RJ keeps a small plastic bag of pills in his coat pocket. Every four and a half hours he swallows one, without water. He has been driving for 38 hours and 42 minutes without pause, except for gas and food. He has 3 pills, $24.19, and 16 hours, 35 minutes left until they reach the Mexican border. He keeps careful track, mentally decrementing pills, money and minutes in a manic series of hypothetical scenarios. Derrick never drives.
Derrick looks up from his large hands. His mouth is set in concentration and deeply-felt concern. He looks at RJ for a long moment before speaking: “Yo, hey, RJ.”
RJ doesn’t return the look -- his eyes never leave the road as he snaps: “What.”
“What’d he say?”
“What’d who say?
“Y’know. Him. When you killed him. What’d he say?”
“I don’t fucking know. I don’t remember. Why d’you care anyway? Shut the fuck up.”
The clock is broken, and blinks 12:00. RJ counts the blinks out of the corner of his eye. An hour and 13 minutes later, by RJ’s count, Derrick looks up again: “Hey, RJ.”
“Why’d we have to put him in the trunk, anyway? I got all my stuff back there.”
“Maybe I should’ve put you in the trunk with your ‘stuff’ and sat him up here. Then maybe I could drive without hearing retarded questions.”
Derrick looks down, and then up again. He glances in the passenger side mirror and his eyes widen. He squeaks: “RJ?”
RJ says nothing. His knuckles are white against the wheel and his teeth grind against each other audibly.
“There’s a cop car behind us. What’re we going to do?”
“We’re going to pull over and act respectable and hope they don’t search the goddamn trunk. I’m going to talk and you are not going to say a motherfucking word, got it?” RJ’s voice cracks. He fumbles with the pill bag in his jacket. Unable to open the bag one-handed, he throws it to the floor.
“Just shut up.”
RJ rolls down the window and waits. Derrick looks at his hands and fidgets. Under RJ’s seat is a loaded .357 magnum.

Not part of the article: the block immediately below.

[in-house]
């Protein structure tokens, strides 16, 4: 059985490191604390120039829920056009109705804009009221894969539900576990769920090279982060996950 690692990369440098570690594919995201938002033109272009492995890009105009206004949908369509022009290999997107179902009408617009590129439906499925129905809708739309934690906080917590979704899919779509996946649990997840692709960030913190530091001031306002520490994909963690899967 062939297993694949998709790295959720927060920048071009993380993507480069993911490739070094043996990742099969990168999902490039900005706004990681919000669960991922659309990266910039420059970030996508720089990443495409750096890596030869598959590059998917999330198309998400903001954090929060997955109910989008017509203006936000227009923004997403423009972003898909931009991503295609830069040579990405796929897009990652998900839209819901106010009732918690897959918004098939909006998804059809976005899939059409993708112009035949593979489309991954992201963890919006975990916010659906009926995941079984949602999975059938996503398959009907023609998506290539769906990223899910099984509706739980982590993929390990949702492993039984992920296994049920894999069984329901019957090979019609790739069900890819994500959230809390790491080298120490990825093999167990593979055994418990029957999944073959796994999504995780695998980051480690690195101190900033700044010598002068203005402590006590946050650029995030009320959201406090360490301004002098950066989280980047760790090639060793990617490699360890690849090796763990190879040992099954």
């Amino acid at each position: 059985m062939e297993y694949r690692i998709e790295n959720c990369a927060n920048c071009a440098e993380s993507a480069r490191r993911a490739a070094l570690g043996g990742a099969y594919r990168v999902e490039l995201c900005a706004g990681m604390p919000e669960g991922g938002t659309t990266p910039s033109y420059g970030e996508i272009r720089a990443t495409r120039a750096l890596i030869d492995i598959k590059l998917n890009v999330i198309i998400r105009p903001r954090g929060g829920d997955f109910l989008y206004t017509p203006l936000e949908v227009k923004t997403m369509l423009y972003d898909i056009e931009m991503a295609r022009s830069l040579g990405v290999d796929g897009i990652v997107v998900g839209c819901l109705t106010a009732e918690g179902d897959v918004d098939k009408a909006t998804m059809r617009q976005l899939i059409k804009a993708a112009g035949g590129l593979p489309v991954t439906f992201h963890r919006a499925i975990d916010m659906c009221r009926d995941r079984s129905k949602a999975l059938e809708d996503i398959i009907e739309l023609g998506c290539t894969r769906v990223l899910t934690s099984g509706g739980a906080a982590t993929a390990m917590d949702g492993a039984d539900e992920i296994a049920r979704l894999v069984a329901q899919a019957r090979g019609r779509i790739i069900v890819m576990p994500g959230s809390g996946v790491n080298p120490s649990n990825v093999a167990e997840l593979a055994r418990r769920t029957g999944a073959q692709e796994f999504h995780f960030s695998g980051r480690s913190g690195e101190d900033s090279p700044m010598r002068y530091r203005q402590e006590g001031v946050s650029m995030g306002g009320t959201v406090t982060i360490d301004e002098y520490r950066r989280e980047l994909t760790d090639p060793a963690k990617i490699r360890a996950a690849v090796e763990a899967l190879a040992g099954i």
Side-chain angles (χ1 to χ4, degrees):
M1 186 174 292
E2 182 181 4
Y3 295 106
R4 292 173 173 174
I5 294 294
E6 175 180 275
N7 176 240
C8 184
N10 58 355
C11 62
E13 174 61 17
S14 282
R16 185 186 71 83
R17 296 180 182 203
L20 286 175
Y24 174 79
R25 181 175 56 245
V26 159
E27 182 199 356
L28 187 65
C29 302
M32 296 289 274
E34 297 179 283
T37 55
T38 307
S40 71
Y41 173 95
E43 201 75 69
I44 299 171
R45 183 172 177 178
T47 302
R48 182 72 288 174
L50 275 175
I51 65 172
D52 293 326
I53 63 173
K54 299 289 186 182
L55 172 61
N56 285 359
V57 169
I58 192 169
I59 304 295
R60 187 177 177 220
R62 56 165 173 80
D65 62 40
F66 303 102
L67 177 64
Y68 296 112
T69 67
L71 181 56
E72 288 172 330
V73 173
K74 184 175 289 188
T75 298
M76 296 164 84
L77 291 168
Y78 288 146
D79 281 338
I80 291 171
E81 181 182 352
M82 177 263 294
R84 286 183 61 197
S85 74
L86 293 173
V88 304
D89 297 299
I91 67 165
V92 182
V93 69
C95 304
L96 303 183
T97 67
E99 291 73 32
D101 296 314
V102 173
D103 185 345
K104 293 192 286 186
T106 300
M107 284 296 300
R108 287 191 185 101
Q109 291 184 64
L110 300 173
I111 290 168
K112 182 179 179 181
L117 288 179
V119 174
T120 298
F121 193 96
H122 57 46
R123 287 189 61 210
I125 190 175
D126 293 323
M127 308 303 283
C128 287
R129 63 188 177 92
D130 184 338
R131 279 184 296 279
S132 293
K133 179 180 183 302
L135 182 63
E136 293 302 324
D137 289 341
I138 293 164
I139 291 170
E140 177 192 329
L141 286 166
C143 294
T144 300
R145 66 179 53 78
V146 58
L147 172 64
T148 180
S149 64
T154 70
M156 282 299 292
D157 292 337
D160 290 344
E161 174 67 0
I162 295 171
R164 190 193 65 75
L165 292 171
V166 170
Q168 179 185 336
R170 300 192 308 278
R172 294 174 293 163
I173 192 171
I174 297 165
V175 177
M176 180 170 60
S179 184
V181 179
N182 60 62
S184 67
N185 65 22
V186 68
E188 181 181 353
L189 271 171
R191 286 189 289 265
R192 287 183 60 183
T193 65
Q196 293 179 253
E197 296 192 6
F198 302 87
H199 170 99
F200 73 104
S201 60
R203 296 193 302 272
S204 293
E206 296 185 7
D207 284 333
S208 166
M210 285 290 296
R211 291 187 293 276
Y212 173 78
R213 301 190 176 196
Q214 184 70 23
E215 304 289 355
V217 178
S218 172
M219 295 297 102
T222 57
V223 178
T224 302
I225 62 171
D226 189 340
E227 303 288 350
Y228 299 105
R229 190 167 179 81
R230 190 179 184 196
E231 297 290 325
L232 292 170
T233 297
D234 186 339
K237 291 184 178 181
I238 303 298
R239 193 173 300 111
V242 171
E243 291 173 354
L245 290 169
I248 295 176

“Do you know how fast you were going?”
“No sir, officer. My retarded cousin here was asking me stupid questions and I wasn’t paying attention.”
“Oh really? License and registration, please. Where’re you two goin’ so fast?”
“Mexico.” Derrick says, and grins at the officer. RJ turns and glares at him.
“Uh-huh. For what?”
RJ turns back to the officer, forcing a smile. “Visiting my abuelita, officer. Nice lady. She offered to put me and Derrick here up for a week or so.”
“Uh-huh.” The officer shines his flashlight around the interior of the car. “I’ll just bet she did. You boys got anything in the trunk?”
“Just luggage, officer.”
“Mm-hm. Are you aware that this car has been reported stolen?”
RJ’s smile fades briefly and then returns at blinding intensity. “That was just a prank some friends of mine played a while ago. Pushed my car out the driveway and around the block and I flipped out and called the pig-umm, police. Meantime they got it halfway across town, a little at a time, y’know, and I’m running myself ragged trying to figure this out and then one of ‘em comes up to me and says hey we found your car and they’re all there grinning and waving. They thought it was funny. Y’know. ”
“Sure. I’m going to have to search the vehicle. Please step out with your hands where I can see them.”
RJ reaches under his seat.
Eric Kenron is from Chicago. He is constantly breeding ideas, and
cultivates a Darwinian mental environment in which only the fittest ideas
survive to be written. He particularly likes noir, fantasy, and sub-genres
ending in “-punk,” but is not averse to writing in other genres as well.